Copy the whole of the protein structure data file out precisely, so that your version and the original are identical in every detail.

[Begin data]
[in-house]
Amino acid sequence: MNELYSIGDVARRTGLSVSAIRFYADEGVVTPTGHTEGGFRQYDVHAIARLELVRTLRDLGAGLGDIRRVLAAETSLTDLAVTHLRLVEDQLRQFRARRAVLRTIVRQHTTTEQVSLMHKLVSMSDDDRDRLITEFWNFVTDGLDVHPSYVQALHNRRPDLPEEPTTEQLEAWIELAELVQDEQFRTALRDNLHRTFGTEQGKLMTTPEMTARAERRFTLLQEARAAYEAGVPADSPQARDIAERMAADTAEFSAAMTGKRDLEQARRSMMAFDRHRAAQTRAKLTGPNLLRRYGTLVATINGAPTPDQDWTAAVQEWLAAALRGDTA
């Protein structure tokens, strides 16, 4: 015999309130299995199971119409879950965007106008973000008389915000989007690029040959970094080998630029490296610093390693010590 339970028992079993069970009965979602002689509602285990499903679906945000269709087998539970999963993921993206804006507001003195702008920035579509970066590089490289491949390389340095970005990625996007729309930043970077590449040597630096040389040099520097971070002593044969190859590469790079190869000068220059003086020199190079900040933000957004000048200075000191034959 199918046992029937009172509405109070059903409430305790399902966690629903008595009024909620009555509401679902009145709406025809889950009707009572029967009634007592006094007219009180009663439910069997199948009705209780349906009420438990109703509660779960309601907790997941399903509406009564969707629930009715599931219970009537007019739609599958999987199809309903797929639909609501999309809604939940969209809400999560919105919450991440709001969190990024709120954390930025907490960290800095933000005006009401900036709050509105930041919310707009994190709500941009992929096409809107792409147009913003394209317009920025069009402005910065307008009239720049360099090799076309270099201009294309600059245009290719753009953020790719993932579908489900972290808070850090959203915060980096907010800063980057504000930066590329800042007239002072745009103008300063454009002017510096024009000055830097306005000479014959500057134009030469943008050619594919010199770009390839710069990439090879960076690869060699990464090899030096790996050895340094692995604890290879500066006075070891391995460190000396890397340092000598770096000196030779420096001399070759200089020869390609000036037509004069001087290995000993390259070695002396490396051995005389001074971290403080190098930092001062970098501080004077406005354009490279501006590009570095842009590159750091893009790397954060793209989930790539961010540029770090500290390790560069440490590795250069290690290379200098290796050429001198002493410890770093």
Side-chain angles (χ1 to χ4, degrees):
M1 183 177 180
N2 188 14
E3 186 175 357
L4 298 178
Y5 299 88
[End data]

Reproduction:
[in-house]
Amino acid sequence: MNELYSIGDVARRTGLSVSAIRFYADEGVVTPTGHTEGGFRQYDVHAIARLELVRTLRDLGAGLGDIRRVLAAETSLTDLAVTHLRLVEDQLRQFRARRAVLRTIVRQHTTTEQVSLMHKLVSMSDDDRDRLITEFWNFVTDGLDVHPSYVQALHNRRPDLPEEPTTEQLEAWIELAELVQDEQFRTALRDNLHRTFGTEQGKLMTTPEMTARAERRFTLLQEARAAYEAGVPADSPQARDIAERMAADTAEFSAAMTGKRDLEQARRSMMAFDRHRAAQTRAKLTGPNLLRRYGTLVATINGAPTPDQDWTAAVQEWLAAALRGDTA
């Protein structure tokens, strides 16, 4: 015999309130299995199971119409879950965007106008973000008389915000989007690029040959970094080998630029490296610093390693010590 339970028992079993069970009965979602002689509602285990499903679906945000269709087998539970999963993921993206804006507001003195702008920035579509970066590089490289491949390389340095970005990625996007729309930043970077590449040597630096040389040099520097971070002593044969190859590469790079190869000068220059003086020199190079900040933000957004000048200075000191034959 199918046992029937009172509405109070059903409430305790399902966690629903008595009024909620009555509401679902009145709406025809889950009707009572029967009634007592006094007219009180009663439910069997199948009705209780349906009420438990109703509660779960309601907790997941399903509406009564969707629930009715599931219970009537007019739609599958999987199809309903797929639909609501999309809604939940969209809400999560919105919450991440709001969190990024709120954390930025907490960290800095933000005006009401900036709050509105930041919310707009994190709500941009992929096409809107792409147009913003394209317009920025069009402005910065307008009239720049360099090799076309270099201009294309600059245009290719753009953020790719993932579908489900972290808070850090959203915060980096907010800063980057504000930066590329800042007239002072745009103008300063454009002017510096024009000055830097306005000479014959500057134009030469943008050619594919010199770009390839710069990439090879960076690869060699990464090899030096790996050895340094692995604890290879500066006075070891391995460190000396890397340092000598770096000196030779420096001399070759200089020869390609000036037509004069001087290995000993390259070695002396490396051995005389001074971290403080190098930092001062970098501080004077406005354009490279501006590009570095842009590159750091893009790397954060793209989930790539961010540029770090500290390790560069440490590795250069290690290379200098290796050429001198002493410890770093």
Side-chain angles (χ1 to χ4, degrees):
M1 183 177 180
N2 188 14
E3 186 175 357
L4 298 178
Y5 299 88